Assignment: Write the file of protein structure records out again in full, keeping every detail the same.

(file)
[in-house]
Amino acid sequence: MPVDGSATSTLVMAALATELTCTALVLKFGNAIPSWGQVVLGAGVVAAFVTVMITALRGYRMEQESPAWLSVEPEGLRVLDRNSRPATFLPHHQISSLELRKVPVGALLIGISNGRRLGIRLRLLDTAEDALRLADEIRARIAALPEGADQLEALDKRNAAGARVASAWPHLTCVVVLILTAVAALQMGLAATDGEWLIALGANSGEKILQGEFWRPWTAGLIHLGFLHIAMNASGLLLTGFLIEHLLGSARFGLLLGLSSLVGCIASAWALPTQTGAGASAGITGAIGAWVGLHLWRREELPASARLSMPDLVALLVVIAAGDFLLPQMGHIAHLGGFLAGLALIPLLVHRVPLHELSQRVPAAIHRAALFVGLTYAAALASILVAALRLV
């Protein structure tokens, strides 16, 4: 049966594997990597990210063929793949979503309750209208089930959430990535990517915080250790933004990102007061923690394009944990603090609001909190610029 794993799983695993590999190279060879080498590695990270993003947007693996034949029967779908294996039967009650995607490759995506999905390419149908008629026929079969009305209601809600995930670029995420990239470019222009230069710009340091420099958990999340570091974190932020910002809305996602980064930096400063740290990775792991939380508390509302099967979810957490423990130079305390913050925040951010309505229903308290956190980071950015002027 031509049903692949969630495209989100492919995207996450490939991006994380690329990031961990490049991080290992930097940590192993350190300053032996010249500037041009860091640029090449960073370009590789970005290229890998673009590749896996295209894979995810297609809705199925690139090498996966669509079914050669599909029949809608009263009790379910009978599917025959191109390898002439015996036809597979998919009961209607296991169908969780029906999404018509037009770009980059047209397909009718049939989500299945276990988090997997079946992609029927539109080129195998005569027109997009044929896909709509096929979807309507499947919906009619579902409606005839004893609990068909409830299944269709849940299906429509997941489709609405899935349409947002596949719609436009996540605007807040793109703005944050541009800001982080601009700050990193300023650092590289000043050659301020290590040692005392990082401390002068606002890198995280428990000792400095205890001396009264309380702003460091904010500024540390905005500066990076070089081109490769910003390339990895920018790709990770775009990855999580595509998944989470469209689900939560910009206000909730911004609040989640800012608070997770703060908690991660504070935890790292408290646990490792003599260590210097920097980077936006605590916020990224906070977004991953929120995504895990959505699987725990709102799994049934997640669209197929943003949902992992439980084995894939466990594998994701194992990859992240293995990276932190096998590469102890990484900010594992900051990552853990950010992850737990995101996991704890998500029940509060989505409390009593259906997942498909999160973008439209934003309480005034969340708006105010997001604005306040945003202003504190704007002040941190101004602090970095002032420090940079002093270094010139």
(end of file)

[in-house]
Amino acid sequence: MPVDGSATSTLVMAALATELTCTALVLKFGNAIPSWGQVVLGAGVVAAFVTVMITALRGYRMEQESPAWLSVEPEGLRVLDRNSRPATFLPHHQISSLELRKVPVGALLIGISNGRRLGIRLRLLDTAEDALRLADEIRARIAALPEGADQLEALDKRNAAGARVASAWPHLTCVVVLILTAVAALQMGLAATDGEWLIALGANSGEKILQGEFWRPWTAGLIHLGFLHIAMNASGLLLTGFLIEHLLGSARFGLLLGLSSLVGCIASAWALPTQTGAGASAGITGAIGAWVGLHLWRREELPASARLSMPDLVALLVVIAAGDFLLPQMGHIAHLGGFLAGLALIPLLVHRVPLHELSQRVPAAIHRAALFVGLTYAAALASILVAALRLV
């Protein structure tokens, strides 16, 4: 049966594997990597990210063929793949979503309750209208089930959430990535990517915080250790933004990102007061923690394009944990603090609001909190610029 794993799983695993590999190279060879080498590695990270993003947007693996034949029967779908294996039967009650995607490759995506999905390419149908008629026929079969009305209601809600995930670029995420990239470019222009230069710009340091420099958990999340570091974190932020910002809305996602980064930096400063740290990775792991939380508390509302099967979810957490423990130079305390913050925040951010309505229903308290956190980071950015002027 031509049903692949969630495209989100492919995207996450490939991006994380690329990031961990490049991080290992930097940590192993350190300053032996010249500037041009860091640029090449960073370009590789970005290229890998673009590749896996295209894979995810297609809705199925690139090498996966669509079914050669599909029949809608009263009790379910009978599917025959191109390898002439015996036809597979998919009961209607296991169908969780029906999404018509037009770009980059047209397909009718049939989500299945276990988090997997079946992609029927539109080129195998005569027109997009044929896909709509096929979807309507499947919906009619579902409606005839004893609990068909409830299944269709849940299906429509997941489709609405899935349409947002596949719609436009996540605007807040793109703005944050541009800001982080601009700050990193300023650092590289000043050659301020290590040692005392990082401390002068606002890198995280428990000792400095205890001396009264309380702003460091904010500024540390905005500066990076070089081109490769910003390339990895920018790709990770775009990855999580595509998944989470469209689900939560910009206000909730911004609040989640800012608070997770703060908690991660504070935890790292408290646990490792003599260590210097920097980077936006605590916020990224906070977004991953929120995504895990959505699987725990709102799994049934997640669209197929943003949902992992439980084995894939466990594998994701194992990859992240293995990276932190096998590469102890990484900010594992900051990552853990950010992850737990995101996991704890998500029940509060989505409390009593259906997942498909999160973008439209934003309480005034969340708006105010997001604005306040945003202003504190704007002040941190101004602090970095002032420090940079002093270094010139």